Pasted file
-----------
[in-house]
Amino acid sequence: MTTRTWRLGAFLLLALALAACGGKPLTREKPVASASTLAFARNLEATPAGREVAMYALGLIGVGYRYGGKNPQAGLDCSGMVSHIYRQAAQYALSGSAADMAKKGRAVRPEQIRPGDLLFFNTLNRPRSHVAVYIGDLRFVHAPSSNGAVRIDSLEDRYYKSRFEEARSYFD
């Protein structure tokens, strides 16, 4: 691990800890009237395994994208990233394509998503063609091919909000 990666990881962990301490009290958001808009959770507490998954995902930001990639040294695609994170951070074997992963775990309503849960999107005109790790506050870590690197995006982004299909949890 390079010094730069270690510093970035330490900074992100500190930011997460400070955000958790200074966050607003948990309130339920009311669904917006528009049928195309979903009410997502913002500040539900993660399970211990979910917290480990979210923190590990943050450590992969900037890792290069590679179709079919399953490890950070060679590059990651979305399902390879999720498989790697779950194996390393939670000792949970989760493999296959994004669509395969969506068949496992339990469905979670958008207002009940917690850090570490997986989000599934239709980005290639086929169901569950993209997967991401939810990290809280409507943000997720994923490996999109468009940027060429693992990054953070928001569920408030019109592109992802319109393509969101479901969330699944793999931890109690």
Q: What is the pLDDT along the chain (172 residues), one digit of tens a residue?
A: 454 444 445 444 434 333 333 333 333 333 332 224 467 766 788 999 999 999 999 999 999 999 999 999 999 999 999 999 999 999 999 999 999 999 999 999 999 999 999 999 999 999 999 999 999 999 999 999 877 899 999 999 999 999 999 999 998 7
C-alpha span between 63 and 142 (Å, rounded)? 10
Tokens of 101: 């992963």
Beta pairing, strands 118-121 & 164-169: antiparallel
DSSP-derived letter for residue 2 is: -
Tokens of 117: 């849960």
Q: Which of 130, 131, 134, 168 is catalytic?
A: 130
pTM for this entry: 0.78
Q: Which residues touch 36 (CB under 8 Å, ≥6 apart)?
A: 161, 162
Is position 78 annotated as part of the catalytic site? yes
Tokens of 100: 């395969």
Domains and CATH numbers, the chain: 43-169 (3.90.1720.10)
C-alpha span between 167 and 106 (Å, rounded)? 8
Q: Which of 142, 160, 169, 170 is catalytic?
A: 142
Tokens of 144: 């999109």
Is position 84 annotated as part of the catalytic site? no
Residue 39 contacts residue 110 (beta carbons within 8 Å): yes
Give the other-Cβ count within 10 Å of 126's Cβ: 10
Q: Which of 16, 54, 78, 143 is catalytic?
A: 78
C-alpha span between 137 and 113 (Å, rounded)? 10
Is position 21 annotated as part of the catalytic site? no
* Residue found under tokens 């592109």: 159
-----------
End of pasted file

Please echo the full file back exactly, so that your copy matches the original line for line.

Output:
[in-house]
Amino acid sequence: MTTRTWRLGAFLLLALALAACGGKPLTREKPVASASTLAFARNLEATPAGREVAMYALGLIGVGYRYGGKNPQAGLDCSGMVSHIYRQAAQYALSGSAADMAKKGRAVRPEQIRPGDLLFFNTLNRPRSHVAVYIGDLRFVHAPSSNGAVRIDSLEDRYYKSRFEEARSYFD
């Protein structure tokens, strides 16, 4: 691990800890009237395994994208990233394509998503063609091919909000 990666990881962990301490009290958001808009959770507490998954995902930001990639040294695609994170951070074997992963775990309503849960999107005109790790506050870590690197995006982004299909949890 390079010094730069270690510093970035330490900074992100500190930011997460400070955000958790200074966050607003948990309130339920009311669904917006528009049928195309979903009410997502913002500040539900993660399970211990979910917290480990979210923190590990943050450590992969900037890792290069590679179709079919399953490890950070060679590059990651979305399902390879999720498989790697779950194996390393939670000792949970989760493999296959994004669509395969969506068949496992339990469905979670958008207002009940917690850090570490997986989000599934239709980005290639086929169901569950993209997967991401939810990290809280409507943000997720994923490996999109468009940027060429693992990054953070928001569920408030019109592109992802319109393509969101479901969330699944793999931890109690």
Q: What is the pLDDT along the chain (172 residues), one digit of tens a residue?
A: 454 444 445 444 434 333 333 333 333 333 332 224 467 766 788 999 999 999 999 999 999 999 999 999 999 999 999 999 999 999 999 999 999 999 999 999 999 999 999 999 999 999 999 999 999 999 999 999 877 899 999 999 999 999 999 999 998 7
C-alpha span between 63 and 142 (Å, rounded)? 10
Tokens of 101: 């992963």
Beta pairing, strands 118-121 & 164-169: antiparallel
DSSP-derived letter for residue 2 is: -
Tokens of 117: 């849960």
Q: Which of 130, 131, 134, 168 is catalytic?
A: 130
pTM for this entry: 0.78
Q: Which residues touch 36 (CB under 8 Å, ≥6 apart)?
A: 161, 162
Is position 78 annotated as part of the catalytic site? yes
Tokens of 100: 């395969």
Domains and CATH numbers, the chain: 43-169 (3.90.1720.10)
C-alpha span between 167 and 106 (Å, rounded)? 8
Q: Which of 142, 160, 169, 170 is catalytic?
A: 142
Tokens of 144: 């999109």
Is position 84 annotated as part of the catalytic site? no
Residue 39 contacts residue 110 (beta carbons within 8 Å): yes
Give the other-Cβ count within 10 Å of 126's Cβ: 10
Q: Which of 16, 54, 78, 143 is catalytic?
A: 78
C-alpha span between 137 and 113 (Å, rounded)? 10
Is position 21 annotated as part of the catalytic site? no
* Residue found under tokens 């592109």: 159